If now we were to establish who China’s enemies were, it would become amply clear who the target or targets are. No easy task this, as China has long been embroiled in a contest with Japan over the East China Sea island of Senkaku; with South Korea on rights over the submerged Socotra Rock; with Philippines on sovereignty over Spratly Island and Scarborough Shoal; Malaysia, Vietnam, Brunei over the Spratly Islands; and Indonesia over control of Natuna Island. Beijing also threatens to use force to conquer Taiwan if peaceful enticements prove insufficient. And more importantly it has flouted the UNCLOS and conventions regarding establishing a new ADIZ in the East China Sea. China also demands title over nearly all of the strategically vital South China Sea through which $5 trillion in annual shipping trade passes and is believed to sit atop vast oil and gas deposits. Its claim of possession over the waters within the so-called 9-Dash line (it was11-dash when relations with Vietnam were different) has brought it on a collision course with the USA and all the maritime stake holders of the region as the claim overlaps with those of ASEAN members Vietnam, the Philippines, Malaysia and Brunei, as well as Taiwan. And not forgetting, China was engaged in a two month-long border standoff with Indian forces over the latter’s security relations with Bhutan and its commitment to blocking a road being constructed across the Doklam Plateau (claimed by Bhutan) which could potentially act as a spring board to sever the strategically critical ‘Chicken’s Neck’ (the Siliguri corridor); it’s elites cogitated, that it would be a ‘Just-War’ to expel India. However, on 28 August 2017, the two governments announced that the crisis had been defused and troops were disengaging.

From the Indian stand point, solidarity of the Indo-Bhutanese security pact had weathered the crunch while China’s deployment of man and material for construction of the road was balked (it can hardly be a coincidence that China is to host the BRICS summit on 03 September, a dissolution of the conclave would have meant loss of face to Xi). While Indeed, China’s nuclear and strategic promotion of North Korea provides the context for alarming tensions in the entire region, the recent US and Japan imposed sanctions on a dozen Chinese companies and individuals accused of helping North Korea’s nuclear weapons programme; is perhaps, the first aggregation of a mounting series of strictures. So in near ‘epic’ terms, the question remains, who “dare offend Xi?”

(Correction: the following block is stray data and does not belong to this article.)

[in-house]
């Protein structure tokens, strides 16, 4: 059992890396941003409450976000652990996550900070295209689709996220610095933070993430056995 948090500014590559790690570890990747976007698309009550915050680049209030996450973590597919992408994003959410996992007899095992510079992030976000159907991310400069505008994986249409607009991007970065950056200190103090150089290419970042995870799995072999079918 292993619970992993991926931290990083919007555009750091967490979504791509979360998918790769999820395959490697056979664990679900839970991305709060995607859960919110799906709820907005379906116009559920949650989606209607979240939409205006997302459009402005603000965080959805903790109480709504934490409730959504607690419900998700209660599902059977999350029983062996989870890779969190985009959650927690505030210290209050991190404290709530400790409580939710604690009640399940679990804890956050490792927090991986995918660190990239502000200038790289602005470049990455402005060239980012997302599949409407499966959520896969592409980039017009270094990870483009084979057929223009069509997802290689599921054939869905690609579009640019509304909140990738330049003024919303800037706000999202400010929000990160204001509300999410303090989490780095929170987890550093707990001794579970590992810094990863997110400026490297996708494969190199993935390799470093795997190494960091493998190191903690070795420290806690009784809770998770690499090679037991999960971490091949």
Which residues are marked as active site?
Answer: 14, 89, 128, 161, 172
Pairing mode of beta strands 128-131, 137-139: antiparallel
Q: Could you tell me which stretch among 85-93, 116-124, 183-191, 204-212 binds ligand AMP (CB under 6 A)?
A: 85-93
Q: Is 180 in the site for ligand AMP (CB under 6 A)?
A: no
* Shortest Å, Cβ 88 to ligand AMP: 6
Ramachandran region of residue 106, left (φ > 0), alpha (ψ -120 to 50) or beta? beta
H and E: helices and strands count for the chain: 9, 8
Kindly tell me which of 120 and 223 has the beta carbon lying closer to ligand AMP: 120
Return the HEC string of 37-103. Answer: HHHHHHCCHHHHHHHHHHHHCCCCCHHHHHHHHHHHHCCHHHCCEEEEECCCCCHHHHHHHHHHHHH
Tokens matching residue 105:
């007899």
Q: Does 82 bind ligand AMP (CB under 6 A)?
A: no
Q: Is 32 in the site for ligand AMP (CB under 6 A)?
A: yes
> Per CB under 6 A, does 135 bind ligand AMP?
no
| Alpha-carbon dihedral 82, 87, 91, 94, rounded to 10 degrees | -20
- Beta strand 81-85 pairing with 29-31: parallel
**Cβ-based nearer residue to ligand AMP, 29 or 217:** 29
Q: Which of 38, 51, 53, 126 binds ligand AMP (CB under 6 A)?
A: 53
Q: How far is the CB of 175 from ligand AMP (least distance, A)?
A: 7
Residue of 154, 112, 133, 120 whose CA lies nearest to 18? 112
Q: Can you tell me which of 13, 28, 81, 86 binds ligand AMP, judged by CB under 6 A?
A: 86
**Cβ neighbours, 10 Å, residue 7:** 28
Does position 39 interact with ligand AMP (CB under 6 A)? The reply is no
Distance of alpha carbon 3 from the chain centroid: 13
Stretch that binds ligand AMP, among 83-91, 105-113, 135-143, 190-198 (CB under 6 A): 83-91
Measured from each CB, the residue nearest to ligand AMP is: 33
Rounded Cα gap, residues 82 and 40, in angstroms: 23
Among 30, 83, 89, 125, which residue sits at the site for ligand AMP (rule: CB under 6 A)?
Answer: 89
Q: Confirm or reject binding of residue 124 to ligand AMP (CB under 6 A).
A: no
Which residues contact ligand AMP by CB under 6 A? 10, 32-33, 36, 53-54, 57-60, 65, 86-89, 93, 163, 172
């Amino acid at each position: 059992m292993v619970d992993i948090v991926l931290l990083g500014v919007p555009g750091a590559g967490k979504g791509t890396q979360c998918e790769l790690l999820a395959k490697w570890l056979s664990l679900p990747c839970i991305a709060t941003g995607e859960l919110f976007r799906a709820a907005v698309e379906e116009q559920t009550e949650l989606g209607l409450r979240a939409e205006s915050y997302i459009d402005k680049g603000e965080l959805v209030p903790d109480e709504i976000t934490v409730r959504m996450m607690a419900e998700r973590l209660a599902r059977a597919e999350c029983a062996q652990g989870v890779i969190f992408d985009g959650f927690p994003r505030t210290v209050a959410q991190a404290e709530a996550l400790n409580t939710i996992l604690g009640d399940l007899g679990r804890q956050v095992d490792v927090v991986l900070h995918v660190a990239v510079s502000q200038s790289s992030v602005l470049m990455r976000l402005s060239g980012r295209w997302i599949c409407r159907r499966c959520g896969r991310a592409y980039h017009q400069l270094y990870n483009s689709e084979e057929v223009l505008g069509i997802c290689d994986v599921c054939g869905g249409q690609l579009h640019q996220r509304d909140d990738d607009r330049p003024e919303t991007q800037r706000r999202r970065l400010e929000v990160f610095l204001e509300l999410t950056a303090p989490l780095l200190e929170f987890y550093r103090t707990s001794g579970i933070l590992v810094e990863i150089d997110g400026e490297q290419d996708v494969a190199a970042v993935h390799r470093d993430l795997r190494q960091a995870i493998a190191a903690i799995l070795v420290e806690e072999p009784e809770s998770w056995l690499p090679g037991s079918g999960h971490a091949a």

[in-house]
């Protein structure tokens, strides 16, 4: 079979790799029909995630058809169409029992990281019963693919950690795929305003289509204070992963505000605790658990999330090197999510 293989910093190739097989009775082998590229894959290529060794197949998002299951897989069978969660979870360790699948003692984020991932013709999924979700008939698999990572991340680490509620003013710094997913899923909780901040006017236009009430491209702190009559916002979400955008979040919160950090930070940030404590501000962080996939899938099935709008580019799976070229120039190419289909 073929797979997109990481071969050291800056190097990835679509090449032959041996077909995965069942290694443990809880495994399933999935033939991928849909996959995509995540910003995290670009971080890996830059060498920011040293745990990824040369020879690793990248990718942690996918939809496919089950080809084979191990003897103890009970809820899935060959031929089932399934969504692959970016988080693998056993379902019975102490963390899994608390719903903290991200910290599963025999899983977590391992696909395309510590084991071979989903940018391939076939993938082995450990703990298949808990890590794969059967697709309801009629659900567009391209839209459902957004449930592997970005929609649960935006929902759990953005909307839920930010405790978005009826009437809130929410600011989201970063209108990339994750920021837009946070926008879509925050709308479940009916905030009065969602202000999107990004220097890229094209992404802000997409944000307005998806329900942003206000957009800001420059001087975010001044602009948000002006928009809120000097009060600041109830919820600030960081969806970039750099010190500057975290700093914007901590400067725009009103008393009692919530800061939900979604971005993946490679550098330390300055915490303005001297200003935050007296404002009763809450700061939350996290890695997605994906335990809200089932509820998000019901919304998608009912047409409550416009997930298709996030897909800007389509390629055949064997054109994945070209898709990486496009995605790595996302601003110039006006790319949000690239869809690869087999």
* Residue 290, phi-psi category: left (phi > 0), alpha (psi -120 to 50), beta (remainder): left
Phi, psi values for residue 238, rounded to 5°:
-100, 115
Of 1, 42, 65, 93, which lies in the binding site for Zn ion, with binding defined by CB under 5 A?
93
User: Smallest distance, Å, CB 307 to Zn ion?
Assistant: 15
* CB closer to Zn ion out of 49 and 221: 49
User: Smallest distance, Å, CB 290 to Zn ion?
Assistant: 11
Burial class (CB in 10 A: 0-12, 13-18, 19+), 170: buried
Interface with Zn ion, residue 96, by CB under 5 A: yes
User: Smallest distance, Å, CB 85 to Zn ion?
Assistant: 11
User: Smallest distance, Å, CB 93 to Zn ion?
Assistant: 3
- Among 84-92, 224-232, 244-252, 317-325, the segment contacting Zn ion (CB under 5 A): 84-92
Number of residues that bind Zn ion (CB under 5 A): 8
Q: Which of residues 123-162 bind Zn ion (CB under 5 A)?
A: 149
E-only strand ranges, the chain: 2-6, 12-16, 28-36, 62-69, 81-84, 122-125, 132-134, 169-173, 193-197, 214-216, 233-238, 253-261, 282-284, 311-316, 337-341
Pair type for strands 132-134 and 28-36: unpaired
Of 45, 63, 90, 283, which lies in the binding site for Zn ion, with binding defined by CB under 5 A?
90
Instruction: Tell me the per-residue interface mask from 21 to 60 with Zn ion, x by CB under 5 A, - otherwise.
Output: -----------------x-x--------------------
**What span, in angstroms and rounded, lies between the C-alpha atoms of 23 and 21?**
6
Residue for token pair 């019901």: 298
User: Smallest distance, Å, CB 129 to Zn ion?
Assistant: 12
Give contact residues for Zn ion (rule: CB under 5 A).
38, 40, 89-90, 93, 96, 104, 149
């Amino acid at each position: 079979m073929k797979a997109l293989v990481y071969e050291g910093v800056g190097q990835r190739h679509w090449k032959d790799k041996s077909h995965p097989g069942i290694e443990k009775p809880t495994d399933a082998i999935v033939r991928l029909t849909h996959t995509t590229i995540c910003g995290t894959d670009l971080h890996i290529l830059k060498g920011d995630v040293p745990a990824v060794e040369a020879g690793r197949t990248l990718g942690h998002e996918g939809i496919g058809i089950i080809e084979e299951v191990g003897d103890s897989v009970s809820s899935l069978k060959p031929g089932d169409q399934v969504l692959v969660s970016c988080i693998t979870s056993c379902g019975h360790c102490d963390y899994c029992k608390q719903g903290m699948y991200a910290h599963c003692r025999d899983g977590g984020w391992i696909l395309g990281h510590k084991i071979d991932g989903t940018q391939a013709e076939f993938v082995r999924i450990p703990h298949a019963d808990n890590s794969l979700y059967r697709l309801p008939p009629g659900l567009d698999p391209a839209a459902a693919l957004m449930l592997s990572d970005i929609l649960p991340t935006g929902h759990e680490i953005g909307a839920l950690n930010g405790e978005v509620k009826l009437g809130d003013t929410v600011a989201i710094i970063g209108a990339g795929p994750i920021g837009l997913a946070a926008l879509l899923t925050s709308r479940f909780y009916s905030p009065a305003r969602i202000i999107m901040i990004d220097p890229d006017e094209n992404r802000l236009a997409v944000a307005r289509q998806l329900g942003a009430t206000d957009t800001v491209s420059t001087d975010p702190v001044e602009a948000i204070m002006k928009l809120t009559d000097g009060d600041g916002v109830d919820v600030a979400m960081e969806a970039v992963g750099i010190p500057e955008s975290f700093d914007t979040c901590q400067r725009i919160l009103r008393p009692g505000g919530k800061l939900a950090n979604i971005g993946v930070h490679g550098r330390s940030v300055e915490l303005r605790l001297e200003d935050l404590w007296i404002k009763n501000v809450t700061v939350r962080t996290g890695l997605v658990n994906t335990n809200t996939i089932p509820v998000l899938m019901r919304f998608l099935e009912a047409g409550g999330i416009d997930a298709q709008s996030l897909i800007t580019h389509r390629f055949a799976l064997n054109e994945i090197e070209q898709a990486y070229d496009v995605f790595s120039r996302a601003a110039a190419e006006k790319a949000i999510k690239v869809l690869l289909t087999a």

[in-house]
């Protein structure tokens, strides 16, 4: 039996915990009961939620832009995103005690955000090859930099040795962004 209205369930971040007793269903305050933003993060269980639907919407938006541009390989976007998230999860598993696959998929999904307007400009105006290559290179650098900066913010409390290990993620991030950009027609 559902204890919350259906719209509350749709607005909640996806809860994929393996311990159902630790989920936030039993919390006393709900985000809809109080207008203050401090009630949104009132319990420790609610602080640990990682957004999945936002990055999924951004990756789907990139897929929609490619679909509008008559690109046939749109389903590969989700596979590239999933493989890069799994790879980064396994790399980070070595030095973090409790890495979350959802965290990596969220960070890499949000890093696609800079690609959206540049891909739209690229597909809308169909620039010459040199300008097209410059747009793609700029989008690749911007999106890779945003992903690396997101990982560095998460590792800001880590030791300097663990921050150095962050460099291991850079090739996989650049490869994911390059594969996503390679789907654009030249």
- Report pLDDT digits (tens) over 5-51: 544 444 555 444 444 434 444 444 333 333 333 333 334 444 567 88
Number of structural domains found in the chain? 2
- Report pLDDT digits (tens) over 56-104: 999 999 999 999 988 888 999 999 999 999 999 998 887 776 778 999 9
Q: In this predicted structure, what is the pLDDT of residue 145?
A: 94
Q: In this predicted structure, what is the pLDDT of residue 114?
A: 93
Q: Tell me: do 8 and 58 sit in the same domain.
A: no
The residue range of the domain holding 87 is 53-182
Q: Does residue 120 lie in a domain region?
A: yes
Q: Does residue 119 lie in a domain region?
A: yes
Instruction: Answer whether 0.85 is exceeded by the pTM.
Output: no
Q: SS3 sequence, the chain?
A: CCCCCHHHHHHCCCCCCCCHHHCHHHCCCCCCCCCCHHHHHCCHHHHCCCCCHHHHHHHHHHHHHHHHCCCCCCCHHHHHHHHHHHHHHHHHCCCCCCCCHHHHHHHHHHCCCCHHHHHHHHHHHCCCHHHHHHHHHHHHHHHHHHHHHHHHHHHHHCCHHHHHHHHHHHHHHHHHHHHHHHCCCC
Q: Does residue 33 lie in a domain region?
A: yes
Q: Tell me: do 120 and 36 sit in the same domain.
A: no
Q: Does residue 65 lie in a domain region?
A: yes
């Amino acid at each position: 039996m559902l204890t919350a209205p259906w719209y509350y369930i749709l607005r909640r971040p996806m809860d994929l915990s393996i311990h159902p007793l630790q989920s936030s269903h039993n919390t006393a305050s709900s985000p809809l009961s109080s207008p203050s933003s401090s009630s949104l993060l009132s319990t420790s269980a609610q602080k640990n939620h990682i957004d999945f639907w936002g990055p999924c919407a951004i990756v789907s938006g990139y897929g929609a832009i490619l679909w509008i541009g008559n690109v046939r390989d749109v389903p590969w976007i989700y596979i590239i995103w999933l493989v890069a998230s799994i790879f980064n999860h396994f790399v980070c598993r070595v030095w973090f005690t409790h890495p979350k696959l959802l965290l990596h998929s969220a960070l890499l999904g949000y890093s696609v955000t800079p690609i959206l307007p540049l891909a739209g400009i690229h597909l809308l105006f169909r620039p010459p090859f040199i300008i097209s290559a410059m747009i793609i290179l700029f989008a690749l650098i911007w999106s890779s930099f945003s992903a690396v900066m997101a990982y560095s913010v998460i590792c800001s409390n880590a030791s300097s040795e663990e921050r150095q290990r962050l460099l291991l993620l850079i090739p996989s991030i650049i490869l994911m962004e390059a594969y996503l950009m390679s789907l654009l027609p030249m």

Scholars in their wisdom have found three reasons for India earning the wrath of Xi. The first is India’s strategic snub to fall in line with Xi’s grandiose One Belt One Road (OBOR) scheme (never mind that it passes through disputed territory of Northern Kashmir). Secondly, the impending 19th Congress of the Communist Party of China provides a critical context for Xi to stamp his authority by “constituting his strategic policies”, in the mould of Mao when in 1964 he thrust his ‘Red Book’ and later used it during the Cultural Revolution to ram home ideological uniformity and to weed out adversaries; to have nations insouciant to Xi’s grand designs would tantamount to abasement at the highest political level. Thirdly, since sovereignty whips up the maximum nationalist emotions, it may provide some understanding to both the recent Doklam confrontation and the situation in the South China Sea. The three put together, may seem to an absolutist, such as Xi; ablation of the indices of his power.

An important symbol of political standing, clout and legacy of leadership since 1949; from Mao Zedong, Deng Xiaoping, Jiang Zemin to Hu Jintao, is to have their political theories written into the party constitution as guiding dogmas. Mao had his ‘Red Book’, Deng his ‘24 characters’, Jiang his ‘developmental dictatorship’ and even the bland Hu emblematized ‘pursuit of economic growth at the cost of legal and political reforms.’ But will Xi achieve the distinction – putting him in the same league as Mao – if his thoughts (conceivably titled, “Security, Development and Territorial Sovereignty on China’s terms) are accepted as the supervisory ideology while still in power? This, at the 19th Congress would give him the legitimacy and mandate, in a presumptive way, of the people to the exclusion of the politburo.

“The world is not peaceful” says Xi. Somehow, Chinese actions, Janus faced policies, coercive manoeuvres and rhetoric of recent times have only served to confound the script.